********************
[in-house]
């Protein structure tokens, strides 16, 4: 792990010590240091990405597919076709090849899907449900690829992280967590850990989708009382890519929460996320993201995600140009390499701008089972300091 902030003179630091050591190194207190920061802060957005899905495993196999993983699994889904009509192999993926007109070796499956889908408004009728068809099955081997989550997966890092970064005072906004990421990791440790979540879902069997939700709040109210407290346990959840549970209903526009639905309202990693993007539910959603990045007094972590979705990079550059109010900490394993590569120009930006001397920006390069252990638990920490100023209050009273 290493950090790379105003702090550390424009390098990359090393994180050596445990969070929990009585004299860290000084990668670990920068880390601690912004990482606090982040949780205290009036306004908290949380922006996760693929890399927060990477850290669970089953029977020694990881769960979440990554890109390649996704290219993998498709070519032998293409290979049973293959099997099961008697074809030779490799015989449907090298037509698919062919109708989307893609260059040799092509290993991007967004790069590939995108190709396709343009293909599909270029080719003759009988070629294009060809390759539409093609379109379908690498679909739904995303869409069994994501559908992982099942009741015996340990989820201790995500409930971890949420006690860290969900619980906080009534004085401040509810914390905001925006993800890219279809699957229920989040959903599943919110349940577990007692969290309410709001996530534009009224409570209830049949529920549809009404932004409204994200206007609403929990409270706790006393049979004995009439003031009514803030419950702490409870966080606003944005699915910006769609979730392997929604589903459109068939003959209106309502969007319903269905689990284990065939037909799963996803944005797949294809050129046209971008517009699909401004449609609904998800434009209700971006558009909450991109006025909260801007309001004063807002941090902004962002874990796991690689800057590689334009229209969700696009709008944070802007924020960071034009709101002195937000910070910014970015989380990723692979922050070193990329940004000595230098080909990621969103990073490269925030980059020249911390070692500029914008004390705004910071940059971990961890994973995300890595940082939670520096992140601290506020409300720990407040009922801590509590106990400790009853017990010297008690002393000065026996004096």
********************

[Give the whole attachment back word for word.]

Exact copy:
[in-house]
């Protein structure tokens, strides 16, 4: 792990010590240091990405597919076709090849899907449900690829992280967590850990989708009382890519929460996320993201995600140009390499701008089972300091 902030003179630091050591190194207190920061802060957005899905495993196999993983699994889904009509192999993926007109070796499956889908408004009728068809099955081997989550997966890092970064005072906004990421990791440790979540879902069997939700709040109210407290346990959840549970209903526009639905309202990693993007539910959603990045007094972590979705990079550059109010900490394993590569120009930006001397920006390069252990638990920490100023209050009273 290493950090790379105003702090550390424009390098990359090393994180050596445990969070929990009585004299860290000084990668670990920068880390601690912004990482606090982040949780205290009036306004908290949380922006996760693929890399927060990477850290669970089953029977020694990881769960979440990554890109390649996704290219993998498709070519032998293409290979049973293959099997099961008697074809030779490799015989449907090298037509698919062919109708989307893609260059040799092509290993991007967004790069590939995108190709396709343009293909599909270029080719003759009988070629294009060809390759539409093609379109379908690498679909739904995303869409069994994501559908992982099942009741015996340990989820201790995500409930971890949420006690860290969900619980906080009534004085401040509810914390905001925006993800890219279809699957229920989040959903599943919110349940577990007692969290309410709001996530534009009224409570209830049949529920549809009404932004409204994200206007609403929990409270706790006393049979004995009439003031009514803030419950702490409870966080606003944005699915910006769609979730392997929604589903459109068939003959209106309502969007319903269905689990284990065939037909799963996803944005797949294809050129046209971008517009699909401004449609609904998800434009209700971006558009909450991109006025909260801007309001004063807002941090902004962002874990796991690689800057590689334009229209969700696009709008944070802007924020960071034009709101002195937000910070910014970015989380990723692979922050070193990329940004000595230098080909990621969103990073490269925030980059020249911390070692500029914008004390705004910071940059971990961890994973995300890595940082939670520096992140601290506020409300720990407040009922801590509590106990400790009853017990010297008690002393000065026996004096």